Painful observations

Posted: Thursday, March 28, 2002

Recently, I was in Juneau visiting family. Among those I visited was my niece, who is a resident at Wildflower Court. On my first visit I was impressed with the very beautiful building. We had an enjoyable and fun visit.

March 25, I went back to visit her again and say good-bye. When we arrived, I expected her to be just finishing lunch. Instead, we were told she was in her room because she was not feeling well. We went down the hall to her room, where we found her door shut. We went in to find her still in bed. She was crying and in pain. I have known this woman her entire life, and I can tell you she is not a whiner. To see her lying there all by herself and in pain broke my heart. Her call button was above her head and under her pillow where she could not reach it. She has multiple sclerosis and the only limb she can move is her left arm, which has limited movement. We notified one of the employees of her pain, and they informed us that they were aware of it and she would be getting some medication. We sat in her room for 32 minutes watching her pain and her tears before anyone came in. I do not know how long she was in this condition before we arrived, but I feel even 32 minutes is far too long for someone to be left alone in their room when they are in such pain. When these caregivers did come to her room, I was more aware of what I didn't see than what I did see. I did not see any compassion or empathy; I did not see one smile or even a gentle pat. What I did see were employees who were not enjoying their work.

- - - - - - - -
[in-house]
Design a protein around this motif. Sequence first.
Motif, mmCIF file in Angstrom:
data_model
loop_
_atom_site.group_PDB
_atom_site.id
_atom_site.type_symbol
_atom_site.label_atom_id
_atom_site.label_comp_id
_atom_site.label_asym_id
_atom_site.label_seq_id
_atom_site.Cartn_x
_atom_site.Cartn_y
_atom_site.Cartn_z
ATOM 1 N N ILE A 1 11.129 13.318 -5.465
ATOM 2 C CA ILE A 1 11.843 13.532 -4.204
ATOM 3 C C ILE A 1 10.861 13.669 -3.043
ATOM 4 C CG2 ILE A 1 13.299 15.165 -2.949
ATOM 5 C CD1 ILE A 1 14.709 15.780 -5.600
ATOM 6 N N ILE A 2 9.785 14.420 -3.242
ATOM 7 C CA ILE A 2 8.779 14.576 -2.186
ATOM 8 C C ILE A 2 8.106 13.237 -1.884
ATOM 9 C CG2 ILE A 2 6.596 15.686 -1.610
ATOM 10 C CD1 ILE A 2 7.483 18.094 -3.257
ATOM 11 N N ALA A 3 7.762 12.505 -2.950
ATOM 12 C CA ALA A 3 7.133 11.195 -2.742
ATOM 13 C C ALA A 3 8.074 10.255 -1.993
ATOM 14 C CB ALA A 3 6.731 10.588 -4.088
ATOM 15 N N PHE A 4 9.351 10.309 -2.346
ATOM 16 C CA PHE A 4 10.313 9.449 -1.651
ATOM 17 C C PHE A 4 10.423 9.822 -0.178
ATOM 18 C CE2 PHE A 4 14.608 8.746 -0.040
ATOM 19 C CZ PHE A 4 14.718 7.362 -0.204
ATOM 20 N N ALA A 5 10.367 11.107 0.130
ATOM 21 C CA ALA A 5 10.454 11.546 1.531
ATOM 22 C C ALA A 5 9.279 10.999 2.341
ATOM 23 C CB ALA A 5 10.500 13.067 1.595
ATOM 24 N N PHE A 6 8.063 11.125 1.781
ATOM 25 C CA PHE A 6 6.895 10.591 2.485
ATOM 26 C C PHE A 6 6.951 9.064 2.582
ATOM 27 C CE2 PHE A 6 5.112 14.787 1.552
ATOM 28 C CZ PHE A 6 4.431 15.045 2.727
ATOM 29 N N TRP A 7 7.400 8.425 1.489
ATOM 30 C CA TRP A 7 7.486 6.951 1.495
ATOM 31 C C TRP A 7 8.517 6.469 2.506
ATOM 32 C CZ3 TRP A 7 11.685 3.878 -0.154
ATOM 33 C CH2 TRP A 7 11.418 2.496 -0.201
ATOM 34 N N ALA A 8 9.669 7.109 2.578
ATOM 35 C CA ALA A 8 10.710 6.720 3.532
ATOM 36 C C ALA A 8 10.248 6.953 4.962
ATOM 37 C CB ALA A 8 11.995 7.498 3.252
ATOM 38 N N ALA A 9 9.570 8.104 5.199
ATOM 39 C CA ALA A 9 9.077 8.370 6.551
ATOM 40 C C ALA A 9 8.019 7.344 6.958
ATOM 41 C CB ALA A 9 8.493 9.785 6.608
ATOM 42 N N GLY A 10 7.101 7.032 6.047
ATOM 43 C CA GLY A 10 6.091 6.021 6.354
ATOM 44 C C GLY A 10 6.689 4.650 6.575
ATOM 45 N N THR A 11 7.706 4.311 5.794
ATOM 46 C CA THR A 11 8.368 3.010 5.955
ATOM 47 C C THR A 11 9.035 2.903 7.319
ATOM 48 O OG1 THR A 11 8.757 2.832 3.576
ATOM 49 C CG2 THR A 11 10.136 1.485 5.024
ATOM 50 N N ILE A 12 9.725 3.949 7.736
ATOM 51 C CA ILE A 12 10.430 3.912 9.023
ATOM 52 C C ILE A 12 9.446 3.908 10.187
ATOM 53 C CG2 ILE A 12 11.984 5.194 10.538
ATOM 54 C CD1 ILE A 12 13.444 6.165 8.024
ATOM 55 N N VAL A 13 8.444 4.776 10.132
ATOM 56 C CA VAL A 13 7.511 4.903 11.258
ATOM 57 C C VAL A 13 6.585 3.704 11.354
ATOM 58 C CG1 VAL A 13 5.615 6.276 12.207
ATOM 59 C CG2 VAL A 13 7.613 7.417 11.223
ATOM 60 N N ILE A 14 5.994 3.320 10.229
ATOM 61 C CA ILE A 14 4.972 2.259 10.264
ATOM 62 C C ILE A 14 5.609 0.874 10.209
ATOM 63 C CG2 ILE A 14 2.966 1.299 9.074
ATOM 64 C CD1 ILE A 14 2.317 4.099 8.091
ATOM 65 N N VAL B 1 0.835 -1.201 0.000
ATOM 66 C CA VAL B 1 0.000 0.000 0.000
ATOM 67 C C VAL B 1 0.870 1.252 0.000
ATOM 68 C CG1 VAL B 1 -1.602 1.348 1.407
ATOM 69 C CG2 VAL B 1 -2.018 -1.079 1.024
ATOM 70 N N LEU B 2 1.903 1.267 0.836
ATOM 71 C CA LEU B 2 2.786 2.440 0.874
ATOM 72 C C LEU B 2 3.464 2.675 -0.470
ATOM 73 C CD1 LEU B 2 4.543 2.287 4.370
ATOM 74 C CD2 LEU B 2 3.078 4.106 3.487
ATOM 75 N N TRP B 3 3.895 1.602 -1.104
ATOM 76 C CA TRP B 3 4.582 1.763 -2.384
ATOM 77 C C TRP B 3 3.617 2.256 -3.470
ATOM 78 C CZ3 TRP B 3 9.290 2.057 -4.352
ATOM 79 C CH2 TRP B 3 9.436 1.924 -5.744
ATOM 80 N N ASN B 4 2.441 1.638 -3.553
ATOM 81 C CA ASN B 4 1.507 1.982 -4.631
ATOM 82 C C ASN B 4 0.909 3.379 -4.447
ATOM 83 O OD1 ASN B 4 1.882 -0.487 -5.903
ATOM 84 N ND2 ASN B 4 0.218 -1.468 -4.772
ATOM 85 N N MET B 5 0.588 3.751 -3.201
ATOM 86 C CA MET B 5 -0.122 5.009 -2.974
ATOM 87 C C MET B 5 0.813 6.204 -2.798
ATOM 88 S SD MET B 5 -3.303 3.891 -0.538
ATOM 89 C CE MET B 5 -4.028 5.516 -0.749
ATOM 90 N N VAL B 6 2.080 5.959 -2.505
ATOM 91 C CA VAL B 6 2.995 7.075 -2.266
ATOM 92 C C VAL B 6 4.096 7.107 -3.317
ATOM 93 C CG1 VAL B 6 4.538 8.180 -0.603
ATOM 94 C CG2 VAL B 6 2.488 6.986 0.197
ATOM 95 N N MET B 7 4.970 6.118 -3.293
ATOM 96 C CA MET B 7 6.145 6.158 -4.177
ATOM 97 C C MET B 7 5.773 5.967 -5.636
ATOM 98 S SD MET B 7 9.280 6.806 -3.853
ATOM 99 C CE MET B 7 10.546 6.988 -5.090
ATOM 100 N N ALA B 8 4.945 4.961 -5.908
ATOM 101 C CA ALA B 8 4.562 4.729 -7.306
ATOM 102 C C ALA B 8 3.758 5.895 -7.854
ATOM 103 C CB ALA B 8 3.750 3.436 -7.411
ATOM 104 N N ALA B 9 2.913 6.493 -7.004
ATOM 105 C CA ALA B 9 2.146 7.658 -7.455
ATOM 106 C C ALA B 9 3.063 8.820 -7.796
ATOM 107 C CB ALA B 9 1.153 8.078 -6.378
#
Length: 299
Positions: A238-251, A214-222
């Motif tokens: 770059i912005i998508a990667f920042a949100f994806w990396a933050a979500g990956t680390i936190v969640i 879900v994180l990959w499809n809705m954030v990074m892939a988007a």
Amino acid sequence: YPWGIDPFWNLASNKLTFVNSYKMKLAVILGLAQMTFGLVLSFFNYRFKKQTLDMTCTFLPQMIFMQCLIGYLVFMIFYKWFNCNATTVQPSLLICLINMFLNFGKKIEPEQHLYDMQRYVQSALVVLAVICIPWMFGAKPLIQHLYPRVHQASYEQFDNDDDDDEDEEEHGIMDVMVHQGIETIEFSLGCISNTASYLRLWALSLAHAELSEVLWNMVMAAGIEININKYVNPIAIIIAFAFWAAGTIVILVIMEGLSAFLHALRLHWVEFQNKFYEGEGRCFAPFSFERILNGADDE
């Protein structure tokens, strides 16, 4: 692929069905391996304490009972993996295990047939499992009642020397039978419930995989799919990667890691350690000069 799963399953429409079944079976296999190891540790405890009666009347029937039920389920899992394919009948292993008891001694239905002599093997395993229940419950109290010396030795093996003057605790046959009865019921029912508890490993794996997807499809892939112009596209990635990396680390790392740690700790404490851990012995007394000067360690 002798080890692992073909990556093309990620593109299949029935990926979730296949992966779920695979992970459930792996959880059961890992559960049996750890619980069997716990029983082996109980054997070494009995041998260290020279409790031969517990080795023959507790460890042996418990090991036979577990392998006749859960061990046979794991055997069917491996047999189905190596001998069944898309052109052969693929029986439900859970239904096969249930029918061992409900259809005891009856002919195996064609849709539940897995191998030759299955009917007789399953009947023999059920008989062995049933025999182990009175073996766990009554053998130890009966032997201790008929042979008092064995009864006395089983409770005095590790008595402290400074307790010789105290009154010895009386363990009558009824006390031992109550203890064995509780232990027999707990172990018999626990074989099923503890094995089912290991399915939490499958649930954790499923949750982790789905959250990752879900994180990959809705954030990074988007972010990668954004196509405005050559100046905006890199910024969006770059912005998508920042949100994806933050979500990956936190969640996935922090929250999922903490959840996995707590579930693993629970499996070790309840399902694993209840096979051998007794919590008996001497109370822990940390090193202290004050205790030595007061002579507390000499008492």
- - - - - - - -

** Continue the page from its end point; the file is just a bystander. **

When I left with tears in my heart, I took one of their brochures. After reading the Golden Rule statement, "To treat residents how we would wish to be treated," I felt I needed to let someone know of my experience. I only pray that if and when I enter a nursing home, the employees there want others to treat them with respect and compassion.

Mary Peterson


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